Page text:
Depending upon whether the container is for a single use or multiple uses the seal formed by the annular projection 210 (on partition wall 212) and groove 208 (on annular engagement member) can be designed to form a one use seal or a reformable seal (i.e., resealable). In some applications it may be desirable to have the container specifically constructed for a single use so the sterility of the container (and nipple arrangement) and the correction proportions, sterility and quality of the components are ensured. In the embodiment of FIGS. 6A-6C the annular projection 210 and groove may be configured and adapted for a single use such as by, for example, ultrasonically welding the two together wherein the welded joint pulls apart upon movement of the displaceable member 218. The annular projection and groove may also be configured and adapted to be resealable, that is, the seal can be broken and reformed by movement of the displaceable member.
It will be appreciated that filling of the container of FIGS. 5 and 6, their preparation for use and dispensing may be similar to the embodiment described in FIGS. 1A-C and 2A and B.
Another variation of a baby's feeding bottle 410 is shown in FIG. 7. The container comprises a housing 412 of a general cylindrical shape with side walls 414, a bottom wall 416 and an opening 418 at its top fitted with a closure assembly 420. Fixed at the bottom end of the container is a tamper-resistant cover 421, the function of which will be explained further below.
Closure assembly 420 comprises a nipple 422, typically made of silicone rubber, latex rubber or any other FDA approved material adaptable for such purposes, having an annular skirt 424, mounted on a sealing member 426 having an annular portion 428 defining a central aperture 429 fitted with a sieve element 430 for filtering out undissolved food particles from the liquid formula, and having an upwardly extending cylindrical annulus 431 supporting the bottom inner face of nipple 422 and slanted support structure or legs 432. The edges of annular portion 428 are received in peripheral circumferential shoulder 434 at the top end of side walls 414 and the end of support structure 432 rests on the inner face of side walls 414. The nipple is held by an engagement member 436 having generally a stepped cross-sectional shape. The engagement member 436 has a first horizontal portion 442 pressing on skirt 424, a second annular horizontal portion 444 resting in peripheral recess 446 of seat member 426, and a peripheral downward extending portion 448 snappingly engaging shoulder 434 by means of annular bulge 450. This manner of engagement by means of engagement member 436 ensures a fluid tight attachment of the closure assembly 420 to opening 418. The fluid tightness of the engagement may at times be improved by the use of a rubber annulus placed below horizontal portion 444, etc.
As described with reference to FIGS. 6A-C, the nipple assembly can be configured and adapted so that the container is particularly suited for a single use, such as by for example, designing the engagement member to be unremovable or not capable of being refastened.
As can further be seen in FIG. 7, closure assembly 420 is fitted with cover 452 having a downward projecting cup member 454 receiving the top end of nipple 422 thus sealing its opening 456.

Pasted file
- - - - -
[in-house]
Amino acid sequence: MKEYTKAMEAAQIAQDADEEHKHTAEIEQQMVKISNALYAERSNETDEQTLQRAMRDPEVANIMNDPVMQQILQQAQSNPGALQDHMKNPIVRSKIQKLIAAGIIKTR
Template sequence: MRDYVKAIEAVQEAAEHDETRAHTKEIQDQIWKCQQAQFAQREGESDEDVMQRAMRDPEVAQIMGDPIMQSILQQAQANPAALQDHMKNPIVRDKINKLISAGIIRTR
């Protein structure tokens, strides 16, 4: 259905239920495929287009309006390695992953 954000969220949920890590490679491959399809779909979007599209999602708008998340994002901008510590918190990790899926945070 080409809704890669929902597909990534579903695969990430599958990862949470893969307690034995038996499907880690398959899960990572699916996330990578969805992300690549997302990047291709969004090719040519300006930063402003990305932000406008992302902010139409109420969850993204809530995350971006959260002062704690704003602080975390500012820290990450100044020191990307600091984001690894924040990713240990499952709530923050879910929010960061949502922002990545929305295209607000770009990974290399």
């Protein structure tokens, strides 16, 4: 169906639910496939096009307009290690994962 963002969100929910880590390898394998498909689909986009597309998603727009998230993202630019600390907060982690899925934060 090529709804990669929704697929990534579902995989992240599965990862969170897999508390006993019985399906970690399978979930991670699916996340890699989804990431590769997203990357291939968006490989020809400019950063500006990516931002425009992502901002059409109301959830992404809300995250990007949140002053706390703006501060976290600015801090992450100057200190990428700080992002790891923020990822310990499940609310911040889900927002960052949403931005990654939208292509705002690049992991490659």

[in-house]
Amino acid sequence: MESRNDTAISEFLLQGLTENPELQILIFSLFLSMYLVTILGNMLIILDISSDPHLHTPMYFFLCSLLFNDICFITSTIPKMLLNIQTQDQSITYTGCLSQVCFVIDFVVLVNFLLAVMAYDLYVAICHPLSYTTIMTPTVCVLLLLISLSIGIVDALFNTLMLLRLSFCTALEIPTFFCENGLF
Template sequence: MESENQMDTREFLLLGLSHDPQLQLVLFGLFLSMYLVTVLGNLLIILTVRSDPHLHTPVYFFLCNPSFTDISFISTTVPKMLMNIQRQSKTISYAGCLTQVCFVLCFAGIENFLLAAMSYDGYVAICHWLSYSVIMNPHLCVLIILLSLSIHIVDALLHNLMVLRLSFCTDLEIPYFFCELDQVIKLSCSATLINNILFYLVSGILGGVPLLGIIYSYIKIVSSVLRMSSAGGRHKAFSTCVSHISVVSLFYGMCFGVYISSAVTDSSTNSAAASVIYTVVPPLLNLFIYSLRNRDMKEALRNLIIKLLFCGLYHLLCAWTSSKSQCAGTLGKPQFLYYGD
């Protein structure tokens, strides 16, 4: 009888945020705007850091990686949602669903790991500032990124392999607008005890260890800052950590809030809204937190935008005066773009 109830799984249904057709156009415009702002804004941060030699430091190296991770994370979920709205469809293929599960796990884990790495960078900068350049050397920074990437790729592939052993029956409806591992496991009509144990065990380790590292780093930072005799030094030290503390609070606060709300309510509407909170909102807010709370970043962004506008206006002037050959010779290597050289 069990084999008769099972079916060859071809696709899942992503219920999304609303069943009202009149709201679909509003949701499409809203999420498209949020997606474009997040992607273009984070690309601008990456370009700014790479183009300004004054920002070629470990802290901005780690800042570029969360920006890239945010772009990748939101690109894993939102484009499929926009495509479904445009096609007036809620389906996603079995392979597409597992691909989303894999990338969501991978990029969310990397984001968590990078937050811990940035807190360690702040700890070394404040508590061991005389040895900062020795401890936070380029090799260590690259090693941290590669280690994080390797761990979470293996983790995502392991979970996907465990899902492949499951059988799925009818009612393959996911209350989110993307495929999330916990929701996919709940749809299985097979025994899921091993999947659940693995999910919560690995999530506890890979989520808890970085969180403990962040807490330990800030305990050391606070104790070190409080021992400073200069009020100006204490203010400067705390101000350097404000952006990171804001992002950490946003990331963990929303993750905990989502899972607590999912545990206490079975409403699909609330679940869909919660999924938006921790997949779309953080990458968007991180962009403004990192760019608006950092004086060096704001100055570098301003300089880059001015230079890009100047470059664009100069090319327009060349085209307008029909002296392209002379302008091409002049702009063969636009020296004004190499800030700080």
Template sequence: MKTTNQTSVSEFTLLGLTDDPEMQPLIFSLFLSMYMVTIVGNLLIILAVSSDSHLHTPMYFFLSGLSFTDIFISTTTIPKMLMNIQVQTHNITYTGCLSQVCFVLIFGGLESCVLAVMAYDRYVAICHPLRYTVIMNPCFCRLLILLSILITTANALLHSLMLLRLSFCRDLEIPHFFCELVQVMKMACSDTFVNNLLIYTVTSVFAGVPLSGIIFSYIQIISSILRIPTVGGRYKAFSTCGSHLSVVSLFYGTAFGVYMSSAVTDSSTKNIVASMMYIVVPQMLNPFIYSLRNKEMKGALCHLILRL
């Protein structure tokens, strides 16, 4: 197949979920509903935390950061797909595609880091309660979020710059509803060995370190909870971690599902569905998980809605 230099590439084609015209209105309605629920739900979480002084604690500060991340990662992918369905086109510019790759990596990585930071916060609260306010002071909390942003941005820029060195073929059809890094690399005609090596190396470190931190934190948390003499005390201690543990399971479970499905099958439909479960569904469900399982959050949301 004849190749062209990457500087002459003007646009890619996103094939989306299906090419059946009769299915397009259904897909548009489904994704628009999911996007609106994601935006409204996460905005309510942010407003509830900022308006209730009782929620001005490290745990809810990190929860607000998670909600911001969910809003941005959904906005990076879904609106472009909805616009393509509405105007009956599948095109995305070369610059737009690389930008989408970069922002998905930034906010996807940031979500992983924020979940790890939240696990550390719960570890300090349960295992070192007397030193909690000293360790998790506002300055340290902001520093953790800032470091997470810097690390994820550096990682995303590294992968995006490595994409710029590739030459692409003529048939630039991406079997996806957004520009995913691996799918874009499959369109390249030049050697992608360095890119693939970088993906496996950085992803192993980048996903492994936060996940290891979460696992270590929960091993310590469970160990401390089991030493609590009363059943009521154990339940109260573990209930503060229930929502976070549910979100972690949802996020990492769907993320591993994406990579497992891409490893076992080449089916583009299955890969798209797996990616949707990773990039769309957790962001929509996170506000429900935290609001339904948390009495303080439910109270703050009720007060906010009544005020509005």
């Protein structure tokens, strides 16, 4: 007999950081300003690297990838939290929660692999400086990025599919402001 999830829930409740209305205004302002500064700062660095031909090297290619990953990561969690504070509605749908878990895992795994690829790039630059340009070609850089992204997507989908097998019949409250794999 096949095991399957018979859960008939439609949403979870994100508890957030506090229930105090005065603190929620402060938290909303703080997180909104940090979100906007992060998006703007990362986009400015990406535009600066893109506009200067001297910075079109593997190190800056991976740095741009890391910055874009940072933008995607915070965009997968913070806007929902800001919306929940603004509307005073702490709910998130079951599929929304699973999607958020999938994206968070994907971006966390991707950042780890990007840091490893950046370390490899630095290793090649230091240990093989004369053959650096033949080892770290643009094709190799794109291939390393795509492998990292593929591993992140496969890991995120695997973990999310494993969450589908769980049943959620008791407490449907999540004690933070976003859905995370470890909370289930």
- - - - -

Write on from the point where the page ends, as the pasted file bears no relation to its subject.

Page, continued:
The container has two compartments, an upper compartment 460 and a bottom compartment 462 separated by a partition wall 464 integrally connected to side walls 414 through annular connecting zone 466. Extending downward from partition wall 464 is an elongated connecting member 468 having a hollow cavity 470 with an opening 472 at its top end and having reinforcing ribs 474. The bottom end of elongated member 468 is received by and connected to a cup member 476 projecting upwards from bottom wall 416.
Partition wall 464 provides a fluid tight separation between compartment 460 and 462. Upon vertical displacement as a result of upward pushing of bottom wall 416, the connecting zone 466 breaks thereby unifying the two compartments and allowing mixing of their contents. The seal formed in this embodiment by partition wall 464 is not reformable and the container is particularly adapted for a single use. In order to avoid accidental displacement of bottom wall 416, it is covered by tamper-resistant cover 421 which has to be removed to allow pushing of bottom wall 416. The tamper-resistant cover 421 may be removably attached by use of snap-fit arrangement, by screw coupling, by a tearable attachment zone, etc. Alternatively, the tamper-resistant cover may also be a foil or a film removable prior to use.
FIGS. 8A-8E illustrate the manner of preparation of the container, so that each compartment contains one component of a baby's feeding formula, e.g. powdered formula in the bottom compartment 462 and water in the upper compartment 460. However, this may obviously be reversed, i.e. the powdered formula at the top and water at the bottom. The container may be provided initially in the manner shown in FIG. 8A with a body or a housing 413 having an internal space between two openings, without bottom wall 416 and closure assembly 420, and placed in an inverted position. At a first step, shown in FIG. 8B, compartment 462 is filled with a dry powdered formula 490 introduced through the open end 492 via a dosing dispenser 494. At a next step, shown in FIG. 8C, the bottom wall 416, having a concave shape within annular skirt portion 496, is mounted over the open end 492 of the container and attached thereto. Preferably, the annular skirt portion 496 is attached to the internal face of wall 412 by sonic welding, although other forms of adherence are also possible such as gluing, or heat welding, etc. Cup member 476 is then fixed to a bottom end of elongated member 468 by sonic welding typically performed by inserting a probe 497 through opening 418 of the container and opening 472 of cavity 470.